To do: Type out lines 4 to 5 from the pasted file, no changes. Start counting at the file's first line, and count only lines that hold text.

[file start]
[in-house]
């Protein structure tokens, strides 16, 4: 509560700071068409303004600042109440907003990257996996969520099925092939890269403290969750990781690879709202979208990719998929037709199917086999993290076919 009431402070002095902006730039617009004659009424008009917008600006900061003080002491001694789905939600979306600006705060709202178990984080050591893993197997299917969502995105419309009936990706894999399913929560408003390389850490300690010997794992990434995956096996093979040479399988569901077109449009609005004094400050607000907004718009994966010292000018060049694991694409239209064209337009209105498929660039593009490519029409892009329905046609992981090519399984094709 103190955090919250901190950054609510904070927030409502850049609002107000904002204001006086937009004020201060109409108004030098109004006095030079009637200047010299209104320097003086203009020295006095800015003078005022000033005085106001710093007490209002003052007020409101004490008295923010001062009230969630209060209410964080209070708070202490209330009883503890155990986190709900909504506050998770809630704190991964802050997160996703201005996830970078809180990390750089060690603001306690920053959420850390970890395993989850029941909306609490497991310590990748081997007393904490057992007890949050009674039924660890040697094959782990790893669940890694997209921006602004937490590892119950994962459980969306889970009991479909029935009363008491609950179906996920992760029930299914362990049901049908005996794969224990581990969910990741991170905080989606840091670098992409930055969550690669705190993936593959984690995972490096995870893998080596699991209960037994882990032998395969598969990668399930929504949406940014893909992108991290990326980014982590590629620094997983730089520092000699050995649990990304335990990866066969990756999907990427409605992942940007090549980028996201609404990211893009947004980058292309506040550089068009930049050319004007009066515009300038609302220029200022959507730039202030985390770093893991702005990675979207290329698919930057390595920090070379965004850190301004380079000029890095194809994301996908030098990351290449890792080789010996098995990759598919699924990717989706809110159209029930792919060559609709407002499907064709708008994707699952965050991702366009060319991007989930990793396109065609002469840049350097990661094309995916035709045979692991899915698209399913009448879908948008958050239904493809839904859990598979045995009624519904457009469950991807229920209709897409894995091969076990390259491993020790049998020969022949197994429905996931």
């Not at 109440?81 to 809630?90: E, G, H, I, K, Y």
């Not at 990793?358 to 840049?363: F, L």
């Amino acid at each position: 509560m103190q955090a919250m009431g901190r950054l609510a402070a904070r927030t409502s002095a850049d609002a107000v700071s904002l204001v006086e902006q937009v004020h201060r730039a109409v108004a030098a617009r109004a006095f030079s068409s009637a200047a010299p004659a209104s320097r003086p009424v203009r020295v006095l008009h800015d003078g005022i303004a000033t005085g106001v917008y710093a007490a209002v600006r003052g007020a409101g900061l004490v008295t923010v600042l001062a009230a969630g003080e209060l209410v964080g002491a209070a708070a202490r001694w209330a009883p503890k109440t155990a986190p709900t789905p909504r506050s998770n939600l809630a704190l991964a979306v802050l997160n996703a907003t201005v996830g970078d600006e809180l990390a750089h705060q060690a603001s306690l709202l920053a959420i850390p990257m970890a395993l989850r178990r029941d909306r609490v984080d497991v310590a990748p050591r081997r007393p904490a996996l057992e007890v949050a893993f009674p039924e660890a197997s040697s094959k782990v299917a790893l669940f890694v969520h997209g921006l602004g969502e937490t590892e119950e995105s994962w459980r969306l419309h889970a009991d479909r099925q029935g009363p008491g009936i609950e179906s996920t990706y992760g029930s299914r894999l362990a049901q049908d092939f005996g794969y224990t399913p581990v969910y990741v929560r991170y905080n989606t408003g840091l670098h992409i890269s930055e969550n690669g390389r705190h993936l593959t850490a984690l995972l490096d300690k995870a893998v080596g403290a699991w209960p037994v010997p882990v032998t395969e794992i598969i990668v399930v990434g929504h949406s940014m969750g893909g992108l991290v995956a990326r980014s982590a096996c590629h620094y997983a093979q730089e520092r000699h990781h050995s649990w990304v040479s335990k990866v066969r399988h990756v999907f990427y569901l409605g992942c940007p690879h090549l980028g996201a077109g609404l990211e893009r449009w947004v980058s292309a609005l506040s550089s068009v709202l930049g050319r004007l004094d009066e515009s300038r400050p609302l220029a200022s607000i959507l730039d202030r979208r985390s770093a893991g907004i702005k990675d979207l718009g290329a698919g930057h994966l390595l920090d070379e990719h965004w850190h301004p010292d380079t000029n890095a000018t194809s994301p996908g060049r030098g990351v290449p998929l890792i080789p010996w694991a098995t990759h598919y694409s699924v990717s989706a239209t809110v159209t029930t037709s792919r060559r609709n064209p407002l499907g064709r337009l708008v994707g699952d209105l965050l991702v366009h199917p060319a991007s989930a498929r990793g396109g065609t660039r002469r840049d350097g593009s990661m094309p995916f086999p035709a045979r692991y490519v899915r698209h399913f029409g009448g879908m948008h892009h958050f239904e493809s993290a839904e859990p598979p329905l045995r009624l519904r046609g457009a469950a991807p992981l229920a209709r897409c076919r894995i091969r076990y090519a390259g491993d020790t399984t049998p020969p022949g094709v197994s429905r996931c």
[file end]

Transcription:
């Not at 990793?358 to 840049?363: F, L």
């Amino acid at each position: 509560m103190q955090a919250m009431g901190r950054l609510a402070a904070r927030t409502s002095a850049d609002a107000v700071s904002l204001v006086e902006q937009v004020h201060r730039a109409v108004a030098a617009r109004a006095f030079s068409s009637a200047a010299p004659a209104s320097r003086p009424v203009r020295v006095l008009h800015d003078g005022i303004a000033t005085g106001v917008y710093a007490a209002v600006r003052g007020a409101g900061l004490v008295t923010v600042l001062a009230a969630g003080e209060l209410v964080g002491a209070a708070a202490r001694w209330a009883p503890k109440t155990a986190p709900t789905p909504r506050s998770n939600l809630a704190l991964a979306v802050l997160n996703a907003t201005v996830g970078d600006e809180l990390a750089h705060q060690a603001s306690l709202l920053a959420i850390p990257m970890a395993l989850r178990r029941d909306r609490v984080d497991v310590a990748p050591r081997r007393p904490a996996l057992e007890v949050a893993f009674p039924e660890a197997s040697s094959k782990v299917a790893l669940f890694v969520h997209g921006l602004g969502e937490t590892e119950e995105s994962w459980r969306l419309h889970a009991d479909r099925q029935g009363p008491g009936i609950e179906s996920t990706y992760g029930s299914r894999l362990a049901q049908d092939f005996g794969y224990t399913p581990v969910y990741v929560r991170y905080n989606t408003g840091l670098h992409i890269s930055e969550n690669g390389r705190h993936l593959t850490a984690l995972l490096d300690k995870a893998v080596g403290a699991w209960p037994v010997p882990v032998t395969e794992i598969i990668v399930v990434g929504h949406s940014m969750g893909g992108l991290v995956a990326r980014s982590a096996c590629h620094y997983a093979q730089e520092r000699h990781h050995s649990w990304v040479s335990k990866v066969r399988h990756v999907f990427y569901l409605g992942c940007p690879h090549l980028g996201a077109g609404l990211e893009r449009w947004v980058s292309a609005l506040s550089s068009v709202l930049g050319r004007l004094d009066e515009s300038r400050p609302l220029a200022s607000i959507l730039d202030r979208r985390s770093a893991g907004i702005k990675d979207l718009g290329a698919g930057h994966l390595l920090d070379e990719h965004w850190h301004p010292d380079t000029n890095a000018t194809s994301p996908g060049r030098g990351v290449p998929l890792i080789p010996w694991a098995t990759h598919y694409s699924v990717s989706a239209t809110v159209t029930t037709s792919r060559r609709n064209p407002l499907g064709r337009l708008v994707g699952d209105l965050l991702v366009h199917p060319a991007s989930a498929r990793g396109g065609t660039r002469r840049d350097g593009s990661m094309p995916f086999p035709a045979r692991y490519v899915r698209h399913f029409g009448g879908m948008h892009h958050f239904e493809s993290a839904e859990p598979p329905l045995r009624l519904r046609g457009a469950a991807p992981l229920a209709r897409c076919r894995i091969r076990y090519a390259g491993d020790t399984t049998p020969p022949g094709v197994s429905r996931c």